Step 5: The product of step 4,7,7-dimethyl-5-hydroxy-7H-benzo[C]fluorene (40 grams), the product of step 3,1-(4-(2-hydroxyethoxy)-phenyl-1-(4-morpholinophenyl)-2-propyn-1-ol (54.3 grams), twenty drops of methane sulfonic acid and 800 mL of chloroform were combined in a reaction flask and stirred at reflux temperatures under a nitrogen atmosphere. After two hours, an additional 5 grams of 1-(4-(2-hydroxyethoxy)-phenyl-1-(4-morpholinophenyl)-2-propyn-1-ol was added to the reaction mixture followed by another 5 gram addition after another two hours. The reaction mixture was heated at reflux for 16 hours and then cooled to room temperature. The reaction mixture was washed carefully with a mixture of 500 mL of a saturated sodium bicarbonate solution and 500 mL of water. The organic layer was separated, dried over sodium sulfate, and concentrated by rotary evaporation. The residue was chromatographed on a silica gel column using a mixture of hexane, methylene chloride and ethyl acetate (50/40/10) as the eluant. Photochromic fractions were collected and concentrated by rotary evaporation to obtain a bluish solid (66 grams). An NMR spectrum showed the product to have a structure consistent with 3-(4-(2-hydroxyethoxy)-phenyl-3-(4-morpholinophenyl)-13,13-dimethyl-3H,13H-indeno[2,1-f]naphtho[1,2-b]pyran.

Part B:

Example photochromic material “PM-7” was prepared using the photochromic initiator set forth in PART A (above) as follows: 1.4230 g of the photochromic initiator set forth in PART A above, 4.7830 g of ε-caprolactone monomer, and 0.0064 g of tin(II) 2-ethyloctonate were charged under nitrogen into a three-neck flask equipped with a condenser, nitrogen inlet and magnetic stir bar. The reaction mixture was stirred at room temperature until a dark homogeneous solution was formed. Polymerization was subsequently carried out at 140° C. for 10 hours. Thereafter, the highly viscous mixture was cooled to approximately 80° C. and transferred to a glass bottle. The product was a solid at room temperature, with number and weight average molecular weights of 1800 and 3100 g/mol., respectively, as determined by GPC relative to a polystyrene standard. The product is believed to be a mixture of photochromic materials having the general structure represented by Formula 23 below, wherein ‘a’ is an integer ranging from 1 to 228.

Example 8 Preparation of Example Photochromic Material “PM-8”

PART A: Preparation of Photochromic Initiator

A photochromic initiator (represented by structure 1.32 in Table 1) was prepared as follows. Step 1: The product of Example 4 Step 2 in U.S. Pat. No. 6,296,785 (mixture of E and Z isomers of 4-(3,4-dimethoxyphenyl)-4-phenyl-3-methoxycarbonyl-3-butenoic acids, 225 grams) and acetic anhydride (900 mL) were added to a reaction flask under a nitrogen atmosphere. The reaction mixture was heated to reflux for 5 hours. The reaction mixture was cooled to room temperature and the resulting precipitate was collected by vacuum filtration and washed with cold methanol yielding 211 grams of 1-phenyl-2-methoxycarbonyl-4-acetoxy-6,7-dimethoxynaphthalene. The product was used without further purification in the subsequent reaction.

Step 2: 1-phenyl-2-methoxycarbonyl-4-acetoxy-6,7-dimethoxynaphthalene from step 1 (100 grams), water (675 mL), methanol (35 mL), and sodium hydroxide (75 grams) were combined in a reaction flask and heated to reflux for 1 hour. The reaction mixture was cooled to room temperature and slowly poured into 1.5 L of a 4N HCl/ice mixture. Additional 4N HCl was added until the pH of the reaction mixture was three. The resulting white precipitate was collected by vacuum filtration and washed with water yielding 96 grams of 1-phenyl-2-hydroxycarbonyl-4-hydroxy-6,7-dimethoxy-naphthalene. The product was used without further purification in the subsequent reaction.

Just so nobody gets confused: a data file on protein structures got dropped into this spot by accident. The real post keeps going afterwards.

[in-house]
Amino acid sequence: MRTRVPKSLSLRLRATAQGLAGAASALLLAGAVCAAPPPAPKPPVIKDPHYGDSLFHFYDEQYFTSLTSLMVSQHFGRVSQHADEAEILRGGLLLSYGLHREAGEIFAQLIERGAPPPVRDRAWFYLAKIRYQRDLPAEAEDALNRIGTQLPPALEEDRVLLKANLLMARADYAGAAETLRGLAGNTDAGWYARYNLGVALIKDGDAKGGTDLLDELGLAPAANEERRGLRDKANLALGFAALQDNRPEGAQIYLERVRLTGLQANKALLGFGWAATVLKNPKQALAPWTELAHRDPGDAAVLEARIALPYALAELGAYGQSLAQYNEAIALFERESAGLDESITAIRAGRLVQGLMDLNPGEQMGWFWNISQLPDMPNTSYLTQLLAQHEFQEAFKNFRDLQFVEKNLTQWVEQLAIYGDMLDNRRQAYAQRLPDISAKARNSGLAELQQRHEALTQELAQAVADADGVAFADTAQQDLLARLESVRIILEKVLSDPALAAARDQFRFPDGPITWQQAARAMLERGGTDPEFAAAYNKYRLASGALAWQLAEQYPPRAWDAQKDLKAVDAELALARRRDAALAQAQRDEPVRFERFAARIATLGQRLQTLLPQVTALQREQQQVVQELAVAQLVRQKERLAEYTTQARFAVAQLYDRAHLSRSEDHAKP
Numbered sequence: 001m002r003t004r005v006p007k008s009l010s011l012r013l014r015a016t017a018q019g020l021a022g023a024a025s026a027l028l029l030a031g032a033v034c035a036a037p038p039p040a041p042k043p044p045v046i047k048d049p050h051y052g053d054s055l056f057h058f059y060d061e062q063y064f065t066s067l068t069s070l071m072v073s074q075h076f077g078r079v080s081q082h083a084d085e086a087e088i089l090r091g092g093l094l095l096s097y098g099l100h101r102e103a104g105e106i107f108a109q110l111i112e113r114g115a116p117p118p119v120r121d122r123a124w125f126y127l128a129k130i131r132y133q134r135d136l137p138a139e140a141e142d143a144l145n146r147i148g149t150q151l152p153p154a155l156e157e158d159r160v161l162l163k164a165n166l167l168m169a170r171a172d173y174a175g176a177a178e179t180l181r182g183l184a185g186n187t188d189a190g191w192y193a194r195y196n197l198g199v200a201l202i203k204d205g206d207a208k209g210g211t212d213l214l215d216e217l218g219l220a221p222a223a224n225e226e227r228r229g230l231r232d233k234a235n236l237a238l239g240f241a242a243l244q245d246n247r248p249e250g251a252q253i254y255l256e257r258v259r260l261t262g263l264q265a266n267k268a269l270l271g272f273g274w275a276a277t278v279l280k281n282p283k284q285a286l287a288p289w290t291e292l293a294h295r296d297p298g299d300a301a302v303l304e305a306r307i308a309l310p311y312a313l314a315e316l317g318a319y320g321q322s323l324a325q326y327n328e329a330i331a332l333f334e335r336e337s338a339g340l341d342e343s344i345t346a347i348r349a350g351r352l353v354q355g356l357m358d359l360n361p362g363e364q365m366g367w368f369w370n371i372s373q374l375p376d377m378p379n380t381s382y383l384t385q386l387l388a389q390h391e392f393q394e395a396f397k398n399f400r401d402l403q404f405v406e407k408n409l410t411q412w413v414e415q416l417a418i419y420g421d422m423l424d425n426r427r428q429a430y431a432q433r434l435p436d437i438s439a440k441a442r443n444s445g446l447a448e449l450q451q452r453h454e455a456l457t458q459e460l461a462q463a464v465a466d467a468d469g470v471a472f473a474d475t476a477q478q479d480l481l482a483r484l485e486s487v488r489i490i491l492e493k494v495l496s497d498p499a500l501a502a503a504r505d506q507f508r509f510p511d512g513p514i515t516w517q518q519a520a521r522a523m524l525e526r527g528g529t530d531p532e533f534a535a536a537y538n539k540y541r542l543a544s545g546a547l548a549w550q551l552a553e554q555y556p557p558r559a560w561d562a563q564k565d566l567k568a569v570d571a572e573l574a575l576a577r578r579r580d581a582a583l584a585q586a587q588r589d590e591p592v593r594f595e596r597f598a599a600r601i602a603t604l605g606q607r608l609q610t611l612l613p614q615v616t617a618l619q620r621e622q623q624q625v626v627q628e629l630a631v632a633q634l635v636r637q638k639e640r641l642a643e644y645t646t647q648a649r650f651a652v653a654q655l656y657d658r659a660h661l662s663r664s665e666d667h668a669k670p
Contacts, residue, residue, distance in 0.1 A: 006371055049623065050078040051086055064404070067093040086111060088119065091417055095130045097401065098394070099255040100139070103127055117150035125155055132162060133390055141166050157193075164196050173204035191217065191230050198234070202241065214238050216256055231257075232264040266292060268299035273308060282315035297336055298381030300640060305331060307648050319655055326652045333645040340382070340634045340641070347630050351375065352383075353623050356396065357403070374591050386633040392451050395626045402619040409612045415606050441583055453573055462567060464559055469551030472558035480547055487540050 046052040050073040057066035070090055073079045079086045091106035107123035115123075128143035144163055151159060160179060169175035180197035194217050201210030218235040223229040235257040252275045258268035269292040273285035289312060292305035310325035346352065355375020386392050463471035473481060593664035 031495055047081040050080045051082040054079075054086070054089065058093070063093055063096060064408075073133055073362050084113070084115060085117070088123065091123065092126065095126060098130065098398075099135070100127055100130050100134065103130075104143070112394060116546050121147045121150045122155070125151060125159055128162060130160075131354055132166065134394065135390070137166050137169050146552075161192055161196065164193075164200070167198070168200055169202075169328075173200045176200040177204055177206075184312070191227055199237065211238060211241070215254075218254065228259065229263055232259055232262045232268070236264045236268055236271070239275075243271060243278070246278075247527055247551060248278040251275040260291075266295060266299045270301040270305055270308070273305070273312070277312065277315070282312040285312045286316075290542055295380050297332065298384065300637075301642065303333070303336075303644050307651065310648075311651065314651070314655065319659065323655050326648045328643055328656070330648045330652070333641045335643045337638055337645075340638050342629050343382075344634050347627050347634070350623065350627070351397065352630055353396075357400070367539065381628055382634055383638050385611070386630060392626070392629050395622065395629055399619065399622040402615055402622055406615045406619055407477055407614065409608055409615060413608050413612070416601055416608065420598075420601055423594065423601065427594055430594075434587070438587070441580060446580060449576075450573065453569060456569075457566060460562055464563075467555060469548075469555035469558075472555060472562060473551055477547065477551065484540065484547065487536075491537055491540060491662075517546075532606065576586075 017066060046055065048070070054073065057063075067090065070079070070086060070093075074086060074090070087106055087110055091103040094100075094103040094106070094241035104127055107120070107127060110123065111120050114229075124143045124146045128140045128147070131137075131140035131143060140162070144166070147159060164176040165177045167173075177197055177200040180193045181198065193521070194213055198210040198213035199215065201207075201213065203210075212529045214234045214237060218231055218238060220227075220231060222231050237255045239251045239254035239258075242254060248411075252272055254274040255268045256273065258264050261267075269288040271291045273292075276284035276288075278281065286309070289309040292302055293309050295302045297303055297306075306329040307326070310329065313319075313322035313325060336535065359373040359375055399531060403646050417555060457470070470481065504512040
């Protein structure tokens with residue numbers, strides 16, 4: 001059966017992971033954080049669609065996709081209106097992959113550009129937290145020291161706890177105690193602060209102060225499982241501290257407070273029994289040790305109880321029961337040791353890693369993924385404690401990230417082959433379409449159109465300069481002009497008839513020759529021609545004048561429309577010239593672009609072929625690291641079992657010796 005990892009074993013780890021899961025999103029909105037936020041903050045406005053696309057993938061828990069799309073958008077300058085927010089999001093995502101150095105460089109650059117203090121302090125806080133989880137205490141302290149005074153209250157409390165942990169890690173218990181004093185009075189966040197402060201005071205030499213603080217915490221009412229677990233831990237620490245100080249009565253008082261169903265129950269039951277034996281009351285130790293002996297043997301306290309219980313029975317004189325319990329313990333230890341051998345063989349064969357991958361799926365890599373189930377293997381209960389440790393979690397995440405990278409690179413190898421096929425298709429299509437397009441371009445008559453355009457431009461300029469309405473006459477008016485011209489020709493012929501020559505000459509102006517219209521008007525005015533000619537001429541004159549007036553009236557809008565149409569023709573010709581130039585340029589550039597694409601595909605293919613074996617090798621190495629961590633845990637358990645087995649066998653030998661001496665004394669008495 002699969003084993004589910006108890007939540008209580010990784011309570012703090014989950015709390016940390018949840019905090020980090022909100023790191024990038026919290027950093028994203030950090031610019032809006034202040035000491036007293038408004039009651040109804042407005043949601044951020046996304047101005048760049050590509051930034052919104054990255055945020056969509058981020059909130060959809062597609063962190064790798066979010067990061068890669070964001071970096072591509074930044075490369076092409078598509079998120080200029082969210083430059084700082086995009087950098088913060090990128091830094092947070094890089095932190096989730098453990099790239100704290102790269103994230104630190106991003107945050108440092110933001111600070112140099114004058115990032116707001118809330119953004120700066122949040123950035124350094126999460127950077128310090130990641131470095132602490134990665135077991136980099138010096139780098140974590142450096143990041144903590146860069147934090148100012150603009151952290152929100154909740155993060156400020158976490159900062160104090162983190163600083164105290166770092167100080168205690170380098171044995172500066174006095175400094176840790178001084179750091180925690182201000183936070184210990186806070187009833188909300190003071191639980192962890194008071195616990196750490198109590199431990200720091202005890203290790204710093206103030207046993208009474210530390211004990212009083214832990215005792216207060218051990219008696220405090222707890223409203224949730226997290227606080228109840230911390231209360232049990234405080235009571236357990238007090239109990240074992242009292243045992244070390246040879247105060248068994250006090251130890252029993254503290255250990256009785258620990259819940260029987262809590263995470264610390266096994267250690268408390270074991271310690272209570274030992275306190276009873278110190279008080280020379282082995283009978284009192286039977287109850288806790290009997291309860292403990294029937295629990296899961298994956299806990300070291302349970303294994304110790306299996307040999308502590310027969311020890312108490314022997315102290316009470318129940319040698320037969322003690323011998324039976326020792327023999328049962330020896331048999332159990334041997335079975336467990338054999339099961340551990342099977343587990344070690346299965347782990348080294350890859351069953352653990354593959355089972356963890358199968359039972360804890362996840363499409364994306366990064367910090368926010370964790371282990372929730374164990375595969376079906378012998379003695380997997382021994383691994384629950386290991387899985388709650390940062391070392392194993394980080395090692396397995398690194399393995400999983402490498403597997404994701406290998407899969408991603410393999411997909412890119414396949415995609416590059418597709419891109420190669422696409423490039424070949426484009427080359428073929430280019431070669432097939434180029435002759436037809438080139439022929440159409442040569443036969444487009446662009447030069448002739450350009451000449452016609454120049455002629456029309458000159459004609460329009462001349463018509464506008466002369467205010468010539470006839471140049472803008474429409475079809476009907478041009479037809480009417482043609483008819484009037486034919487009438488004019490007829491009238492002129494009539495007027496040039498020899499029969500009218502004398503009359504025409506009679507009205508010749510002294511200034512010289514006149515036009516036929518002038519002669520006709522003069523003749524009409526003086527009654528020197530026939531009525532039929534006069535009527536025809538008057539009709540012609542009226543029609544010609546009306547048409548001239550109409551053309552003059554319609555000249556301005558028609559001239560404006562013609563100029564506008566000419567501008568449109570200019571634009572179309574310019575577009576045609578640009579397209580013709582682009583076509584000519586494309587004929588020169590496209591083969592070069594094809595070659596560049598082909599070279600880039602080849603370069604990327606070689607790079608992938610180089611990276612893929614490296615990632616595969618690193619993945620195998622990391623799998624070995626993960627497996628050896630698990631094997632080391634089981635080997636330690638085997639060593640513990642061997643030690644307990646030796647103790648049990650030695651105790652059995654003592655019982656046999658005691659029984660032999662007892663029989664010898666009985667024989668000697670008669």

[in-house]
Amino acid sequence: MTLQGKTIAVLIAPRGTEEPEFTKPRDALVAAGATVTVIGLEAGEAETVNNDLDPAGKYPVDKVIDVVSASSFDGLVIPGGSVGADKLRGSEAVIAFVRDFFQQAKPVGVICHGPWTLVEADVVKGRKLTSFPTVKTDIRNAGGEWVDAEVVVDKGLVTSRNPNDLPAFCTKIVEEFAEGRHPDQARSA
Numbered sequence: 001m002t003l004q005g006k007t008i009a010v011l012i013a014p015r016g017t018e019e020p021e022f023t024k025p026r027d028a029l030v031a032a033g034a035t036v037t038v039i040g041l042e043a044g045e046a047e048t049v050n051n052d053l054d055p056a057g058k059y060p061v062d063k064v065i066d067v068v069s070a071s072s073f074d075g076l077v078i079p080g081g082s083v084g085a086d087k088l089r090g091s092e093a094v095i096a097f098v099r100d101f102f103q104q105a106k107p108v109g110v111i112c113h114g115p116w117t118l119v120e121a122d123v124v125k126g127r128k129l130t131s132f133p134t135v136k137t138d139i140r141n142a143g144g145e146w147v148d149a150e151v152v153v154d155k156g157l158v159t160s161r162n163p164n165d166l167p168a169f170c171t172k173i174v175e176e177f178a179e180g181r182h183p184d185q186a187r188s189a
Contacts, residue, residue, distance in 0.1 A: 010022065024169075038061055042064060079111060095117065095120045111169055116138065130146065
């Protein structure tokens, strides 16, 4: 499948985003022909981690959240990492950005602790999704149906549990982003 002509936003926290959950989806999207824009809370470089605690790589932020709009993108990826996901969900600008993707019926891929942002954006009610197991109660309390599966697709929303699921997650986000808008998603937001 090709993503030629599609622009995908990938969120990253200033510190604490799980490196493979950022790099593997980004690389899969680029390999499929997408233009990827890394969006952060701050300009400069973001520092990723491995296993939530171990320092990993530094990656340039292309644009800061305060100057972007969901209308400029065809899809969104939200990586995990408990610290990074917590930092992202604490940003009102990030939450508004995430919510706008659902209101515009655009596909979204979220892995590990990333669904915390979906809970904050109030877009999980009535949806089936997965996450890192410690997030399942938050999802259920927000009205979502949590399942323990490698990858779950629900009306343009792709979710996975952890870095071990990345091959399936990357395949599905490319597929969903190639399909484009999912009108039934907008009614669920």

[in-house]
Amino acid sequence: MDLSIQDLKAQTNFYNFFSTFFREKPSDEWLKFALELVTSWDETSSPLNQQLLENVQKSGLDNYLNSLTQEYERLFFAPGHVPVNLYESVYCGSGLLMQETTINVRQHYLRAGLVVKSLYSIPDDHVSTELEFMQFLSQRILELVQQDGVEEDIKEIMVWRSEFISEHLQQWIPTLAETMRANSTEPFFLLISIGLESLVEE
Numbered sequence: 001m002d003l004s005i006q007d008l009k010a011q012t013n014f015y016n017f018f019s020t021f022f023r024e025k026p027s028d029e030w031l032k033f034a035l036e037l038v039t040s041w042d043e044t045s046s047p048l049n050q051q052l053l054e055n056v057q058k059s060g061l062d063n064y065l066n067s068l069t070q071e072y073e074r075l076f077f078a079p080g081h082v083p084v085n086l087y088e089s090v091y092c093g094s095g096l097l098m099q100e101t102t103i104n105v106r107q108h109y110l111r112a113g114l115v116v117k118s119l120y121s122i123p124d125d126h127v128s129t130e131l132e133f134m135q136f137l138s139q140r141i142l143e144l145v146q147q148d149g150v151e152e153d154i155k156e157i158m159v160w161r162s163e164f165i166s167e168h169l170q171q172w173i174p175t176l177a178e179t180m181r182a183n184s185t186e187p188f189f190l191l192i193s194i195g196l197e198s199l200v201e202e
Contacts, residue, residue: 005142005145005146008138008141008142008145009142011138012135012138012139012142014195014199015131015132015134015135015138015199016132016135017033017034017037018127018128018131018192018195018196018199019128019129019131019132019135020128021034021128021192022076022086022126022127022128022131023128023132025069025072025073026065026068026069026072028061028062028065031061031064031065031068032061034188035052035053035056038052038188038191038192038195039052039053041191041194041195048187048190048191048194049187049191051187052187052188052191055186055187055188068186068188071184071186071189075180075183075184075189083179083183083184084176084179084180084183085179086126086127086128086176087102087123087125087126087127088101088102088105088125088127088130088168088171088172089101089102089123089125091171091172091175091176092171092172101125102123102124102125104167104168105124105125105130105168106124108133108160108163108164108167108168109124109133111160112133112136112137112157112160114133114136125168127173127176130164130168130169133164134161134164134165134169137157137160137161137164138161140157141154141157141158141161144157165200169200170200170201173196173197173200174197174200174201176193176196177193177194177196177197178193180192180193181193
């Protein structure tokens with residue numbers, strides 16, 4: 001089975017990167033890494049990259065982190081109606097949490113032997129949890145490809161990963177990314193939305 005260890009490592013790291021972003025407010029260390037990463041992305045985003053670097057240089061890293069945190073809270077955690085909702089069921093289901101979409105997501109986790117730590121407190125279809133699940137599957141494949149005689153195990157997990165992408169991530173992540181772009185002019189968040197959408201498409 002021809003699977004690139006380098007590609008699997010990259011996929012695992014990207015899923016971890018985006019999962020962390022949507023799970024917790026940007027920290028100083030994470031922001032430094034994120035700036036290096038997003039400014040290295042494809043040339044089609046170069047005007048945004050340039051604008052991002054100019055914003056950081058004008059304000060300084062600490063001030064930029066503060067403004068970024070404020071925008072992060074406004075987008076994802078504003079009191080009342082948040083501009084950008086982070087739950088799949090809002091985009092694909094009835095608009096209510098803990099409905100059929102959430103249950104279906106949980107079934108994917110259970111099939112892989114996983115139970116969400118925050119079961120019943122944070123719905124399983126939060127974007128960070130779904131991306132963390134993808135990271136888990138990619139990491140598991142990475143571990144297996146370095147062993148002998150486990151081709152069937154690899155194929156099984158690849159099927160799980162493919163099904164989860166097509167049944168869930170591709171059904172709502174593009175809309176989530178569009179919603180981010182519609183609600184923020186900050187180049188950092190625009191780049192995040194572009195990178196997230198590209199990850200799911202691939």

Step 3: 1-phenyl-2-hydroxycarbonyl-4-hydroxy-6,7-dimethoxy-naphthalene from step 2 (105 grams), acetic anhydride (420 mL), acetic acid (630 mL), and zinc chloride (7 grams) were combined in a reaction flask and heated to reflux for ten hours. The reaction mixture was cooled and the resulting precipitate was collected by vacuum filtration and washed with acetic acid followed by water yielding an orange solid. This solid was slurried in saturated aqueous sodium bicarbonate for fifteen minutes, collected by vacuum filtration and washed with water yielding an orange solid. The orange solid was slurried in hot methanol, cooled to room temperature, collected by vacuum filtration, and washed with cold methanol yielding 84.2 grams of 2,3-dimethoxy-5-acetoxy-7H-benzo[C]fluoren-7-one. The product was used without further purification in the subsequent reaction.

Step 4: A reaction flask was charged with 2,3-dimethoxy-5-acetoxy-7H-benzo[C]fluoren-7-one from Step 3 (50.0 grams) under a nitrogen atmosphere. Anhydrous tetrahydrofuran (1250 mL) was added to the reaction flask. The reaction mixture was cooled in an ice bath and 178 mL of an ethyl magnesium bromide solution (3.0M in diethyl ether) was added dropwise over thirty minutes. The reaction mixture was slowly warmed to room temperature and subsequently poured into saturated aqueous ammonium chloride and ice mixture (1.3 L). The layers were phase separated and the aqueous layer was extracted with two 750 mL portions of ethyl acetate. The organic portions were combined and washed with saturated aqueous sodium bicarbonate (800 mL). The organic layer was dried over anhydrous sodium sulfate and concentrated by rotary evaporation. The resulting orange solid was slurried in hot t-butyl methyl ether, cooled to room temperature, collected by vacuum filtration, and washed with cold t-butyl methyl ether yielding 41.3 grams of 2,3-dimethoxy-5,7-dihydroxy-7-ethyl-7H-benzo[C]fluorene. The product was used without further purification in the subsequent reaction.